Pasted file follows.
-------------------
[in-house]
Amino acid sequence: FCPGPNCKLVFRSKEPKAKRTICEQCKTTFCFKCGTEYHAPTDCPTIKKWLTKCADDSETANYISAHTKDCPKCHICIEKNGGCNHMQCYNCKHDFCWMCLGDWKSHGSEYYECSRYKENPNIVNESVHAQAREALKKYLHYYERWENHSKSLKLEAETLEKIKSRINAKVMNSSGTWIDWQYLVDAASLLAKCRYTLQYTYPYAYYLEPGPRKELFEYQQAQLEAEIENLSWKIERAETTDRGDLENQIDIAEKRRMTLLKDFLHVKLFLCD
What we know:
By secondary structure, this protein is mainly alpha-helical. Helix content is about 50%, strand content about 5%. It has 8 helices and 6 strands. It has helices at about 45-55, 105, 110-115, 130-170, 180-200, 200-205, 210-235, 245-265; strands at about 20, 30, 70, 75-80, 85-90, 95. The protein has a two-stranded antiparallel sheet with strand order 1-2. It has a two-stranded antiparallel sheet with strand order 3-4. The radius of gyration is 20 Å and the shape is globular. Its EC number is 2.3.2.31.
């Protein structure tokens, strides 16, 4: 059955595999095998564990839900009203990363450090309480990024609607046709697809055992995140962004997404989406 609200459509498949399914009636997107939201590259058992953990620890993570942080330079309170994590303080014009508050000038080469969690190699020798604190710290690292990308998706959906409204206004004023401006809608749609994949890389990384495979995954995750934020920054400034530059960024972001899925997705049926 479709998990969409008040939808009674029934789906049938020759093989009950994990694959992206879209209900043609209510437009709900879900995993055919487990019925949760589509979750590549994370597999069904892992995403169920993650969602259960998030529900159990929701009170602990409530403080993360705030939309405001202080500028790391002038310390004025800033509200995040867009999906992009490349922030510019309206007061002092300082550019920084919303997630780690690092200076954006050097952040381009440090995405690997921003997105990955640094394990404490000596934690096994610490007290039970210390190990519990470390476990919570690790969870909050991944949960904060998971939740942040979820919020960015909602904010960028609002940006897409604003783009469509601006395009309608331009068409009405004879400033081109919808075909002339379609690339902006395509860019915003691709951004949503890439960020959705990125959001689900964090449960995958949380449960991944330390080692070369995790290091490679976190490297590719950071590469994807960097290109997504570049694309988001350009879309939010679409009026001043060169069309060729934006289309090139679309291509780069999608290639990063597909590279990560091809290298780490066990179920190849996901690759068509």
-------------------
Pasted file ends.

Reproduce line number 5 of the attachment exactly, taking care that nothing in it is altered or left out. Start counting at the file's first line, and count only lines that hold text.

């Protein structure tokens, strides 16, 4: 059955595999095998564990839900009203990363450090309480990024609607046709697809055992995140962004997404989406 609200459509498949399914009636997107939201590259058992953990620890993570942080330079309170994590303080014009508050000038080469969690190699020798604190710290690292990308998706959906409204206004004023401006809608749609994949890389990384495979995954995750934020920054400034530059960024972001899925997705049926 479709998990969409008040939808009674029934789906049938020759093989009950994990694959992206879209209900043609209510437009709900879900995993055919487990019925949760589509979750590549994370597999069904892992995403169920993650969602259960998030529900159990929701009170602990409530403080993360705030939309405001202080500028790391002038310390004025800033509200995040867009999906992009490349922030510019309206007061002092300082550019920084919303997630780690690092200076954006050097952040381009440090995405690997921003997105990955640094394990404490000596934690096994610490007290039970210390190990519990470390476990919570690790969870909050991944949960904060998971939740942040979820919020960015909602904010960028609002940006897409604003783009469509601006395009309608331009068409009405004879400033081109919808075909002339379609690339902006395509860019915003691709951004949503890439960020959705990125959001689900964090449960995958949380449960991944330390080692070369995790290091490679976190490297590719950071590469994807960097290109997504570049694309988001350009879309939010679409009026001043060169069309060729934006289309090139679309291509780069999608290639990063597909590279990560091809290298780490066990179920190849996901690759068509």